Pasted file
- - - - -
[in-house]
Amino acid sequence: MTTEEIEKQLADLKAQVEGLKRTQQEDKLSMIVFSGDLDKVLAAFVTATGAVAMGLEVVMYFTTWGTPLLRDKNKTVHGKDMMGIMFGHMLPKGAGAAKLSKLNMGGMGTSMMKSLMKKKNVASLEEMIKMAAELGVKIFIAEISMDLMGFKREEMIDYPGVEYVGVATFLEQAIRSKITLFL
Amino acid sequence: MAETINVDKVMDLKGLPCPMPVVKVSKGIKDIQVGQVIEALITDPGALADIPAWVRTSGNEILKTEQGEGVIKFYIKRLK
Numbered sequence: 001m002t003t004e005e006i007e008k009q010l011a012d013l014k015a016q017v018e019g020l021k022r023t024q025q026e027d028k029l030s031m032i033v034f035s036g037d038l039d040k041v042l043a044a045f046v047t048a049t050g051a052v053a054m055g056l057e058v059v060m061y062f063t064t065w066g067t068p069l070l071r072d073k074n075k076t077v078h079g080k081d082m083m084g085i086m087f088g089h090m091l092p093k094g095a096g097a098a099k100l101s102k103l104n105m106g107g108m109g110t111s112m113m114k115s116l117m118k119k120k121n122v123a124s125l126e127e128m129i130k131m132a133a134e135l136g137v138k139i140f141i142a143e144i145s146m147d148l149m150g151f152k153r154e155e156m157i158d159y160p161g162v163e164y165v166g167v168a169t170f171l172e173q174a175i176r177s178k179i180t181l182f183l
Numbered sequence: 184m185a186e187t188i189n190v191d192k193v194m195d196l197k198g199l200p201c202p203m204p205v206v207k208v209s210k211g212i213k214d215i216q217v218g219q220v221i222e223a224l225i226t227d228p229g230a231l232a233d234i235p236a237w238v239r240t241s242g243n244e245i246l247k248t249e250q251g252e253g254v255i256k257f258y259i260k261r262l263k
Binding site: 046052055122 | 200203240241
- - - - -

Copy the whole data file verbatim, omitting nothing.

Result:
[in-house]
Amino acid sequence: MTTEEIEKQLADLKAQVEGLKRTQQEDKLSMIVFSGDLDKVLAAFVTATGAVAMGLEVVMYFTTWGTPLLRDKNKTVHGKDMMGIMFGHMLPKGAGAAKLSKLNMGGMGTSMMKSLMKKKNVASLEEMIKMAAELGVKIFIAEISMDLMGFKREEMIDYPGVEYVGVATFLEQAIRSKITLFL
Amino acid sequence: MAETINVDKVMDLKGLPCPMPVVKVSKGIKDIQVGQVIEALITDPGALADIPAWVRTSGNEILKTEQGEGVIKFYIKRLK
Numbered sequence: 001m002t003t004e005e006i007e008k009q010l011a012d013l014k015a016q017v018e019g020l021k022r023t024q025q026e027d028k029l030s031m032i033v034f035s036g037d038l039d040k041v042l043a044a045f046v047t048a049t050g051a052v053a054m055g056l057e058v059v060m061y062f063t064t065w066g067t068p069l070l071r072d073k074n075k076t077v078h079g080k081d082m083m084g085i086m087f088g089h090m091l092p093k094g095a096g097a098a099k100l101s102k103l104n105m106g107g108m109g110t111s112m113m114k115s116l117m118k119k120k121n122v123a124s125l126e127e128m129i130k131m132a133a134e135l136g137v138k139i140f141i142a143e144i145s146m147d148l149m150g151f152k153r154e155e156m157i158d159y160p161g162v163e164y165v166g167v168a169t170f171l172e173q174a175i176r177s178k179i180t181l182f183l
Numbered sequence: 184m185a186e187t188i189n190v191d192k193v194m195d196l197k198g199l200p201c202p203m204p205v206v207k208v209s210k211g212i213k214d215i216q217v218g219q220v221i222e223a224l225i226t227d228p229g230a231l232a233d234i235p236a237w238v239r240t241s242g243n244e245i246l247k248t249e250q251g252e253g254v255i256k257f258y259i260k261r262l263k
Binding site: 046052055122 | 200203240241